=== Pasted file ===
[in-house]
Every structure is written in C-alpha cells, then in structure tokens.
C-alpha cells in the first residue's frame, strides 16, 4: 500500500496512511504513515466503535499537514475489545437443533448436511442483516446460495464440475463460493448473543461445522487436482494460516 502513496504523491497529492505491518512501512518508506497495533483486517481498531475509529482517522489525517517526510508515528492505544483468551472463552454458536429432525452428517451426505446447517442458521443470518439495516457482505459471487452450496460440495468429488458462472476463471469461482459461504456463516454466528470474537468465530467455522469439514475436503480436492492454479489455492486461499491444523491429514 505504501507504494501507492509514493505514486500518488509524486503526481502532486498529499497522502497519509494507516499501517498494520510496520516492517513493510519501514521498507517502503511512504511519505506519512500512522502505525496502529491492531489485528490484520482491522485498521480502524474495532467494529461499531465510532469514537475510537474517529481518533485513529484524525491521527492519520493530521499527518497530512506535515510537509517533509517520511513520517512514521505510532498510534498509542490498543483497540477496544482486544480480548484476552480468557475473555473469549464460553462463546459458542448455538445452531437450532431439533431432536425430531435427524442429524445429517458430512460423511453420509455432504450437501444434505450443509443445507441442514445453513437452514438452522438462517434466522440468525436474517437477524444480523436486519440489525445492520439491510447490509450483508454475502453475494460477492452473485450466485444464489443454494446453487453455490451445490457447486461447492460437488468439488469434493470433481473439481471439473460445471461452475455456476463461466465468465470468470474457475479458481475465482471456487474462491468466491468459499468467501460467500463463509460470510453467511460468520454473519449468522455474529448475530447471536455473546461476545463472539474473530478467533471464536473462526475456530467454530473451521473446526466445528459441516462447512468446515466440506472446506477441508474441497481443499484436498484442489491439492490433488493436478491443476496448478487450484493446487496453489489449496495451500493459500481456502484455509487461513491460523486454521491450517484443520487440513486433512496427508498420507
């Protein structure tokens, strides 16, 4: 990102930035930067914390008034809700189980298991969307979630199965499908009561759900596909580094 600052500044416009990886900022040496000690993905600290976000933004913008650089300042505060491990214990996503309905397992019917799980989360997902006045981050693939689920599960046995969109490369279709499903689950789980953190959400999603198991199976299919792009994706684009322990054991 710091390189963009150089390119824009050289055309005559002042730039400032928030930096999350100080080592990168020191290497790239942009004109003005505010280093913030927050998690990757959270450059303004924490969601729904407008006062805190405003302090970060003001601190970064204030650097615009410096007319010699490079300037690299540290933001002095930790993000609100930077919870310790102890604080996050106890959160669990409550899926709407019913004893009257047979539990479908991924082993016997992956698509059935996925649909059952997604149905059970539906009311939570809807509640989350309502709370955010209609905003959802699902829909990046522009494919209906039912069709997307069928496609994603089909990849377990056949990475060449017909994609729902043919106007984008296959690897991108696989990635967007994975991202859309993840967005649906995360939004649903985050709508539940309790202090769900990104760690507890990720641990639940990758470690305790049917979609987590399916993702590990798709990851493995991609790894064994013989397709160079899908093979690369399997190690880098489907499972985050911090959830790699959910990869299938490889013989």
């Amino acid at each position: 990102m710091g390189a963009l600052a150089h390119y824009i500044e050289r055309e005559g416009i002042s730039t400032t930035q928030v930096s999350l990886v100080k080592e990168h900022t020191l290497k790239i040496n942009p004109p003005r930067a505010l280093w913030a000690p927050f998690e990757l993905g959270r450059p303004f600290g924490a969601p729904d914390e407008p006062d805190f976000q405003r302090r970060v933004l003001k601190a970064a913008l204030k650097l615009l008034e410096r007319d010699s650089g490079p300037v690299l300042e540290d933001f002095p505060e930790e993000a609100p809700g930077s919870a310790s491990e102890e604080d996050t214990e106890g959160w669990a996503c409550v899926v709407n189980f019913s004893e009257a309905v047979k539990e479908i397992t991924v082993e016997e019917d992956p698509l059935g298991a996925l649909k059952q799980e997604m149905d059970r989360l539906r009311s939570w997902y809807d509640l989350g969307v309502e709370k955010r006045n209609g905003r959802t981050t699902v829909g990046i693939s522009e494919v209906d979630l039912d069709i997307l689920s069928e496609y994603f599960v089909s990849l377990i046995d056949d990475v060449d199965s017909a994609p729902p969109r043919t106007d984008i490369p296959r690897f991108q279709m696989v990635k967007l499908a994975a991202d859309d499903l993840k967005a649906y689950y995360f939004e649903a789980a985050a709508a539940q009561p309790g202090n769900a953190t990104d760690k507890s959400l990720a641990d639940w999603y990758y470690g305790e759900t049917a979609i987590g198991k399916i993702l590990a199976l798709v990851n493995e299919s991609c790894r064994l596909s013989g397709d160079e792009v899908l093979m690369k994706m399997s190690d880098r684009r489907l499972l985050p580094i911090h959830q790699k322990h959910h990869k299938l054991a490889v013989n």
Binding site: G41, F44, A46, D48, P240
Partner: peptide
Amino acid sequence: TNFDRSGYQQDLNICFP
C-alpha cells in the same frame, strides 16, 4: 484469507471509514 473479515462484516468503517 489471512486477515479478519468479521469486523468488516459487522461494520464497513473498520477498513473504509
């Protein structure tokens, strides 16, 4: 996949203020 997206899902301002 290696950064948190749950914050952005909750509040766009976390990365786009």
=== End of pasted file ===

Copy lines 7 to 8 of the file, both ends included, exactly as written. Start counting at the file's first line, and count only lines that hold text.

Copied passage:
Partner: peptide
Amino acid sequence: TNFDRSGYQQDLNICFP